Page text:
Radio Amateurs of Canada (RAC) is the national association for Amateur Radio in Canada. It is a not-for-profit membership association with headquarters in Ottawa, Ontario, Canada, representing the interests of Amateur Radio all across Canada. Speaking on behalf of Canadian Radio Amateurs, RAC provides liaison with government agencies and carries the Amateur voice about regulatory and spectrum issues to the discussion table with government and industry leaders, nationally and internationally. RAC is the Canadian voting member society of the International Amateur Radio Union (IARU). RAC also provides many services, publications and supplies to its members to enhance their enjoyment of Amateur Radio.
Radio Amateurs of Canada represents all Canadian Amateurs at all levels of government:
1) At the local level it works with municipalities on such issues as regulations governing the placement of antennas. It also assists Amateur Radio clubs and other organizations in Public Service and Emergency Services (ARES) functions throughout the year. RAC also provides assistance to members wishing to install antennas and towers following Industry Canada's (now called Innovation, Science and Economic Development Canada) tower policy including CPC-2-0-03.
2) At the regional/provincial/territorial level it also works with governments on such issues as Distracted Driving Legislation and Emergency Services.
3) At the national level it represents all Amateurs on the Canadian Amateur Radio Advisory Board and works with Innovation, Science and Economic Development Canada on important issues such as tower legislation, RF interference and spectrum grabs by business. It costs RAC thousands of dollars to maintain membership in the Radio Advisory Board of Canada and to attend spectrum planning and interference meetings on your behalf and your RAC membership helps to pay these costs.
4) At the international level RAC is a member of the International Amateur Radio Union (IARU) which works with the UN’s International Telecommunications Union (ITU) to preserve and expand our frequency spectrum allocations. RAC pays its IARU dues based on the total number of Amateurs in Canada, and not just RAC members so it needs the support of members. RAC also sponsors a representative at the World Radiocommunication Conferences in Geneva, Switzerland to protect existing spectrum and open new spectrum such as the recent allocation at 60 metres at WRC-15. It is expensive to send a representative to Geneva and RAC coordinates the Defence of the Amateur Radio Fund so that Amateurs can contribute to this cost.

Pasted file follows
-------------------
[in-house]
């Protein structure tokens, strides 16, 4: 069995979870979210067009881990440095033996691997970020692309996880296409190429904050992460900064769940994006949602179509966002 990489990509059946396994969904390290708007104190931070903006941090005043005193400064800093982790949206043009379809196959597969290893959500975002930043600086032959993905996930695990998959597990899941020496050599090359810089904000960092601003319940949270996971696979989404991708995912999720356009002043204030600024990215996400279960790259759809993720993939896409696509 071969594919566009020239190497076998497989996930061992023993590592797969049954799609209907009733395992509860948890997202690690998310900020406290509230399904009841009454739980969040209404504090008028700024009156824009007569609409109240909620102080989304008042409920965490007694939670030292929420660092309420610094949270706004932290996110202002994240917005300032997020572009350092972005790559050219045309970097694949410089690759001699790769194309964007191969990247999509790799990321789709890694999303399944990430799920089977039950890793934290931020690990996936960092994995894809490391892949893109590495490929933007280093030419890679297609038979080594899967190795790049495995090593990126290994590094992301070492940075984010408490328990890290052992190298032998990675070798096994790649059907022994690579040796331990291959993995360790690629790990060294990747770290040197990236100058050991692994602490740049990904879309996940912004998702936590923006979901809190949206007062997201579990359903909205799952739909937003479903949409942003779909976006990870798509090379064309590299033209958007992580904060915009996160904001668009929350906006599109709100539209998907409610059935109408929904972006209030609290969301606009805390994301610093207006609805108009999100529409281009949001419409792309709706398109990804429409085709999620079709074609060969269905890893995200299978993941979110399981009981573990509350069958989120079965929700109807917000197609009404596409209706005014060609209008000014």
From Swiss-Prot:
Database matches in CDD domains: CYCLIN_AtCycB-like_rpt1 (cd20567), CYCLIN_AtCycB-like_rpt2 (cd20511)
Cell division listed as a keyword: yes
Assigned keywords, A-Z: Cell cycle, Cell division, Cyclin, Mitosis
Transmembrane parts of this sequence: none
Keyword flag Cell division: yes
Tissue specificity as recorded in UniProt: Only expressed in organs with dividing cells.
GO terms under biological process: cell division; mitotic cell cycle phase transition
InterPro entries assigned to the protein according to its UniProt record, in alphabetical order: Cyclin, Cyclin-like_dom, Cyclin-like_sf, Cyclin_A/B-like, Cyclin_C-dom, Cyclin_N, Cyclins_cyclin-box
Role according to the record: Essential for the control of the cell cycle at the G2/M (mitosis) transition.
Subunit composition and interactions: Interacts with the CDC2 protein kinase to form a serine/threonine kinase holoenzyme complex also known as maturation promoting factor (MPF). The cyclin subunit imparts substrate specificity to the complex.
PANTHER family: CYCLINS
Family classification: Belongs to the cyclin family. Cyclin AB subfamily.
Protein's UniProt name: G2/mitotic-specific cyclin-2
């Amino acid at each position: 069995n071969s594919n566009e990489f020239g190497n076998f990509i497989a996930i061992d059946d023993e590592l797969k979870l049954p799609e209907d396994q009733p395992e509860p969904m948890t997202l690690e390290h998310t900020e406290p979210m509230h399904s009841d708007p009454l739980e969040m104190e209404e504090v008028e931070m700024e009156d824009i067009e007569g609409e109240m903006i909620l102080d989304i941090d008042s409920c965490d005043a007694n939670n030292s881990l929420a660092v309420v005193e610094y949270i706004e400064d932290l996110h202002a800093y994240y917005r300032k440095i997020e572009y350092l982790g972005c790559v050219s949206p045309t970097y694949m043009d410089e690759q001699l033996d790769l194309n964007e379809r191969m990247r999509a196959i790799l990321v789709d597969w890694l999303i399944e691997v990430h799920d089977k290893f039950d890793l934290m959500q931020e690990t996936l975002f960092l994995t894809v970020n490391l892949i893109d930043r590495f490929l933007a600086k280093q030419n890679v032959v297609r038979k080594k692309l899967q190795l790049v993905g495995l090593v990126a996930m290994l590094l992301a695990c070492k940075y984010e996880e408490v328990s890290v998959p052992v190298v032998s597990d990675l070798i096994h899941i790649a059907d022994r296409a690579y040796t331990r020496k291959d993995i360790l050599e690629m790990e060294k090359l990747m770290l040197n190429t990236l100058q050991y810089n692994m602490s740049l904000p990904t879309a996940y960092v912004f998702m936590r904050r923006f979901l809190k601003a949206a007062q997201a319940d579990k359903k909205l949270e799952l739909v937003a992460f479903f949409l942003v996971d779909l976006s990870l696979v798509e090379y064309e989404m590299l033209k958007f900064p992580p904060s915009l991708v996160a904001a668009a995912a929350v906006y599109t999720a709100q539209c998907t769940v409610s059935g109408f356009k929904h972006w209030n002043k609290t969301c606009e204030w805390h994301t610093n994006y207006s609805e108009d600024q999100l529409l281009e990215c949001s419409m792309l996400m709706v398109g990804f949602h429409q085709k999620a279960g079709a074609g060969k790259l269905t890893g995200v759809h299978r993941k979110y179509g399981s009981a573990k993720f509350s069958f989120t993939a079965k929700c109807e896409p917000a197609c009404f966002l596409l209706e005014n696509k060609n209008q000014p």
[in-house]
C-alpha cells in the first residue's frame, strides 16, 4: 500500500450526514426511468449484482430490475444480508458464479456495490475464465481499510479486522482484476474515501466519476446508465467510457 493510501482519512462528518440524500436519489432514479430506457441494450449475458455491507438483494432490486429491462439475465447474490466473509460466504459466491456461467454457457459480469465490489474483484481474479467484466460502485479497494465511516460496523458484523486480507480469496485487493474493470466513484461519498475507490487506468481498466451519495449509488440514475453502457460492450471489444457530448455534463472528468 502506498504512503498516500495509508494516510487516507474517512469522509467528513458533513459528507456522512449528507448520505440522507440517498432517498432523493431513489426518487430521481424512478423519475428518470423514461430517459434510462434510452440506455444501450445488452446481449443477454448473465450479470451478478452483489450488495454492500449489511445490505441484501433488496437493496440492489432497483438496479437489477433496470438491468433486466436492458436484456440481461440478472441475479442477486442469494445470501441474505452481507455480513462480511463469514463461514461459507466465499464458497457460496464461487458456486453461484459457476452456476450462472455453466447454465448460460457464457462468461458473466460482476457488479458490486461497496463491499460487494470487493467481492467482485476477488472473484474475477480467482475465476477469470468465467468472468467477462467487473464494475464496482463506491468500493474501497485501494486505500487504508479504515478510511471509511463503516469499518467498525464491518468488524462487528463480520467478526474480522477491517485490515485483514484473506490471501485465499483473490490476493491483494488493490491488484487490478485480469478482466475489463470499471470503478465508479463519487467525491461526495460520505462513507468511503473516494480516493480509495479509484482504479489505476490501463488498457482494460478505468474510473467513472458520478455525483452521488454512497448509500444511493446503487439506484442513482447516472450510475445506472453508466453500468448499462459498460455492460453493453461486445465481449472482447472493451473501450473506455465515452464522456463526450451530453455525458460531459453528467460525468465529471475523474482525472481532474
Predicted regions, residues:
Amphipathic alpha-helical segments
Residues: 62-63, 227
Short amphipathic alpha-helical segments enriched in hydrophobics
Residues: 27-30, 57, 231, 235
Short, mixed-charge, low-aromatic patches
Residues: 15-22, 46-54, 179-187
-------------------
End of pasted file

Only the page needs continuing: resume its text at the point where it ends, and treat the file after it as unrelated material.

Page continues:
5) And beyond…: RAC also supports the Amateur Radio on the International Space Station (ARISS) and provides opportunities for students to experience the thrill of communicating with astronauts on the International Space Station.
All of the above items are just some examples on the important role that RAC plays in protecting the Amateur Radio Service and ensuring that all Canadian Amateurs can enjoy their hobby.
What we Offer:
All of the above items are intangible benefits that RAC members enjoy but RAC members also enjoy tangible benefits including:
The Canadian Amateur (TCA) magazine, Canada’s premiere national magazine devoted to Amateur Radio, is published six times per year and is available in both print and digital (eTCA) formats
The RAC Affiliated Club Program provides documents and other useful material to help local Amateur Radio clubs to be more efficient and provide more useful programs for their members.
The RAC Affiliated Club Liability Insurance Program provides affordable $5 million liability insurance for RAC-affiliated Amateur Radio clubs and their members.
The RAC QSL Bureau System distributes QSL cards for RAC member to countries around the world
The RAC Youth Education Program provides support to teachers and schools wishing to implement an Amateur Radio program or project.
The RAC Foundation Program applies member donations to provide financial support through scholarships, research and equipment grants.
The RAC Field Organization coordinates traffic handling and emergency communications across Canada. Help your community by joining the RAC-sponsored Amateur Radio Emergency Service (ARES) and/or the National Traffic System (NTS).
The RAC Certified Emergency Coordinator Program provides certificates to ARES Emergency Coordinators who pass a rigorous examination on emergency measures structures and procedures. RAC issues the CEPT and IARP international permits so you can operate your station in many countries without additional permission. Note: CEPT and IARP FAQ info is provided here.
Two annual RAC contests: the RAC Canada Day Contest on July 1 and the RAC Canada Winter Contest in late December. Join the fun from 160m to 2m.
The RAC Operating Awards: the Canadaward, Transcanada, St. Lawrence Seaway and Provincial Capitals
The RAC website gets you surfing the World Wide Web with Amateur Radio news, info, call sign directory, antenna programs and links to other powerful resources.
Our volunteers work hard to provide you with these benefits. We also need your financial support to carry on our work!